Travel broadens the mind and deepens the pockets.  Be ready to get out and about in search of new buying venues.  When you are driving anywhere be looking for out of the way shops and flea markets.  When I was a kid my parents called them junk shops.  I loved them.  Don’t judge a book by it’s cover.  The trashier the place looks the better may be your chances of low prices.  Sometimes a shop is intentionally junky.  I knew some people who stocked there antique mall spaces on this basis.  It appeals to a certain type of buyer and those dealers did quite well.   Take the back roads and state routes when you travel.  The highways are called limited access for a reason.

Develop a regular circuit of flea markets, swap meets and antique malls with a good turn around in merchandise.  I used to get up at five on a Sunday morning. I hit the local flea market in my home town and pestered people as they were unloading their vehicles.  I would then head east and hit three more by noon going out about twenty-five miles.  Once a month I would change up and head west.  There were fewer flea markets in that direction.  Always head for the target rich environments.

That was in the populous Northeast.  Where I live now it costs too much to get anywhere with a sizable population.  The price of fuel is a big chunk of overhead these days. Strategize according to past performance and what you have observed of current trends so that you aren’t going where buying opportunities are lacking.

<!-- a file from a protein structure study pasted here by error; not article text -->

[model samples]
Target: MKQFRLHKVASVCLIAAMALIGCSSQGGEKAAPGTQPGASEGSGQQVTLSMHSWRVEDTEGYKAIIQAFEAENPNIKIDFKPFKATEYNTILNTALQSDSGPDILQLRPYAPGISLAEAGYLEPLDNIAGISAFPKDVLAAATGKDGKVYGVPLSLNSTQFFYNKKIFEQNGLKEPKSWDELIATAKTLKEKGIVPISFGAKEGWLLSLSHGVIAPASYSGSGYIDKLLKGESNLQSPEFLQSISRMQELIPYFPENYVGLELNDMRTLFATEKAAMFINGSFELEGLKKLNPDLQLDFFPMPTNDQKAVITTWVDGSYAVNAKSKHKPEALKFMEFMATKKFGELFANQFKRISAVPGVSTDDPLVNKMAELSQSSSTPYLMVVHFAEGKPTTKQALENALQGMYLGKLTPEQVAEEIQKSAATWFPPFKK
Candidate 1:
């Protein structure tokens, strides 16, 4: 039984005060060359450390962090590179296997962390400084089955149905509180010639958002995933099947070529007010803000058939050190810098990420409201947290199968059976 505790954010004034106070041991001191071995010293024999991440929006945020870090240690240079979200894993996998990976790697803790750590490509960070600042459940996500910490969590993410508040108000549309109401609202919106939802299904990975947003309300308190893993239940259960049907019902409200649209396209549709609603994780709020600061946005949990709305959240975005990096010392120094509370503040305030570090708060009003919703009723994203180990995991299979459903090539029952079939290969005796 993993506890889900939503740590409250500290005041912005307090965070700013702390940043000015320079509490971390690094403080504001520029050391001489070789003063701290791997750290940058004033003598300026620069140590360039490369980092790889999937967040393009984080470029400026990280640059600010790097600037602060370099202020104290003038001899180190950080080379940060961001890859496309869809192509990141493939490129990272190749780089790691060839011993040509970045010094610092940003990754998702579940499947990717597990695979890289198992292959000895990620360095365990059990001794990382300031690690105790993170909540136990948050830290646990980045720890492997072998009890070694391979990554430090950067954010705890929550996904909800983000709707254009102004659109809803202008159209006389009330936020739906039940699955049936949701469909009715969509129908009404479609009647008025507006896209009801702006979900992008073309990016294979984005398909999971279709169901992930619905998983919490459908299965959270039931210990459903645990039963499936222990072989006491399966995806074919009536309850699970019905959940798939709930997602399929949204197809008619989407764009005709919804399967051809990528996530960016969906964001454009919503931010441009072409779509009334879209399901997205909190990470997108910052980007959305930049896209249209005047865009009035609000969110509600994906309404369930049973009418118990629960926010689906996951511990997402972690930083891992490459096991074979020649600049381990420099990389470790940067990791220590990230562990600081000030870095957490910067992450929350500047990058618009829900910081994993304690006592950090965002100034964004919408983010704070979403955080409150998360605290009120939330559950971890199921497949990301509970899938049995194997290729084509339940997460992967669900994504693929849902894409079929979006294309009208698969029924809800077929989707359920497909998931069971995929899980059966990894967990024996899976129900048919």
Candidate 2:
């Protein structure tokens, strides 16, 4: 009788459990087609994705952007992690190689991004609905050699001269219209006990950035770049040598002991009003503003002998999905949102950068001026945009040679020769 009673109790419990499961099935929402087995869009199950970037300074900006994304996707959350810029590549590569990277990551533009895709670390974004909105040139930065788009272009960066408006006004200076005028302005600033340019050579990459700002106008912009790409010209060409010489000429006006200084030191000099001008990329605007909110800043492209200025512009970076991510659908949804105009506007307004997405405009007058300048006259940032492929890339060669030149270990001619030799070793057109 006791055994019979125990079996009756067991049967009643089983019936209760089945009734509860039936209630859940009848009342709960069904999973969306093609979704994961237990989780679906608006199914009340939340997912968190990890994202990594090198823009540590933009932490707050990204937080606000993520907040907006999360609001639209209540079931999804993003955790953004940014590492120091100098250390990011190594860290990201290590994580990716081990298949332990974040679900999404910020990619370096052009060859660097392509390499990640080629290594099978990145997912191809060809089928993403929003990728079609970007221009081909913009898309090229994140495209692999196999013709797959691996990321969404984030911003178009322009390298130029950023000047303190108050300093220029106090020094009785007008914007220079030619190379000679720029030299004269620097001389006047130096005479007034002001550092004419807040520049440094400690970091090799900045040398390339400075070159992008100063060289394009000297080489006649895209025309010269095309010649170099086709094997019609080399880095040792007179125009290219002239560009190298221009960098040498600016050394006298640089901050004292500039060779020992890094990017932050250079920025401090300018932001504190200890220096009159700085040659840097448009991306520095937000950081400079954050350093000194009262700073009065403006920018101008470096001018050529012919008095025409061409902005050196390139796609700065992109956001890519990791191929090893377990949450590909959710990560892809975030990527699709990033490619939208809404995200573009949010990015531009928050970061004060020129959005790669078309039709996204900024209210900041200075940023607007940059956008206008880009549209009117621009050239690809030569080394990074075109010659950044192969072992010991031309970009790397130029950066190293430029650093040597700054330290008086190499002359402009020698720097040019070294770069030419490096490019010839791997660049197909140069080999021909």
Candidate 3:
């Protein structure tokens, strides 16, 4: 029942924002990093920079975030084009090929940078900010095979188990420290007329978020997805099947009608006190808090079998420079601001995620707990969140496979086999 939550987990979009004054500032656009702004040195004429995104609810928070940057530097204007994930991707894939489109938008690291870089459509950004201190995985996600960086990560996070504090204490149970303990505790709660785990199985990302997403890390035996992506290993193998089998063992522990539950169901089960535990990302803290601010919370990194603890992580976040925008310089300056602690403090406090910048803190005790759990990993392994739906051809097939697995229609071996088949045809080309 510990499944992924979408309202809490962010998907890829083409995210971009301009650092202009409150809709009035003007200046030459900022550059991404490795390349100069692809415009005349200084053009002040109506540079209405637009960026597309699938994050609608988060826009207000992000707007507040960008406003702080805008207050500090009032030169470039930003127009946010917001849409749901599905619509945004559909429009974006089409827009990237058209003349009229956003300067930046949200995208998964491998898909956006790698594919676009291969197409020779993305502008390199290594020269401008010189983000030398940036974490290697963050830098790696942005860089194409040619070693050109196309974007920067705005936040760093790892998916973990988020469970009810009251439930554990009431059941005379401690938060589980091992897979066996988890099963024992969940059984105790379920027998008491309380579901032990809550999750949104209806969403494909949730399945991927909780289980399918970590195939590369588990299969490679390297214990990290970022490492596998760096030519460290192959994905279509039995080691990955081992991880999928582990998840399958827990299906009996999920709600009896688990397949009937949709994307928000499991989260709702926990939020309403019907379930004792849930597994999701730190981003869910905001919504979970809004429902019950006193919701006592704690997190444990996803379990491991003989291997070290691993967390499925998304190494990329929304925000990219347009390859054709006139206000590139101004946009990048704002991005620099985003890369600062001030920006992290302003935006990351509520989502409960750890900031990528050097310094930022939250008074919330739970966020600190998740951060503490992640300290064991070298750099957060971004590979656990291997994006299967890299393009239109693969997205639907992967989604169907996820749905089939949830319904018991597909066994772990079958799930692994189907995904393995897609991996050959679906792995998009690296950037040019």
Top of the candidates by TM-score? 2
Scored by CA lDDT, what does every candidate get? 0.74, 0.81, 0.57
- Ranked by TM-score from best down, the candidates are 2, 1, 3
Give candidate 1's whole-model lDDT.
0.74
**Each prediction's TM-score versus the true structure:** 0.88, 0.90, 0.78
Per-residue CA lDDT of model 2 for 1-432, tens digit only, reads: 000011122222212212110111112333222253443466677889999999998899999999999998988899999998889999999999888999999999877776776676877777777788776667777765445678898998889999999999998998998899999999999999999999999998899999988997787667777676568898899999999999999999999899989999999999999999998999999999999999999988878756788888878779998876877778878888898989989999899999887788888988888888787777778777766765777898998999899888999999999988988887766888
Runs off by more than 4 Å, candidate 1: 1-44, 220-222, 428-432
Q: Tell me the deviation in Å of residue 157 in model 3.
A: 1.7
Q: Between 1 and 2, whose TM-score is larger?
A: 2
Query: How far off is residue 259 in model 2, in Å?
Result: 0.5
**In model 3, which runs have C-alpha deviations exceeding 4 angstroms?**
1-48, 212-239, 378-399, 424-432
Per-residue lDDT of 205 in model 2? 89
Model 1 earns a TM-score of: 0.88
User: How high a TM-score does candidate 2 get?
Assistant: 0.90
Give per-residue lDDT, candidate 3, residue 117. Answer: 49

Move On!

Time is money.  Don’t waste it by haggling with people who aren’t willing to part with their precious memories.  If you can’t break the ice with a smaller sale then move on to plow some looser soil.  Everybody behind a table at a flea market should be ready to come down to a price where you can afford to buy an item for resale.  If they don’t, remember those dealers and don’t hand over your valuable time to them again.  Develop a good visual scan so that you can move through a flea market and spot interesting items quickly.  There can be an awful lot of small items on a table and you will certainly miss some good things.  You can help the process if you have a partner who knows your want list.  My girl friend used to see stuff that totally escaped me because everybody has a different point of view.  Fresh eyes can be a valuable asset.  It is tempting to look in detail at every box in a crowded stand, but the clock is ticking.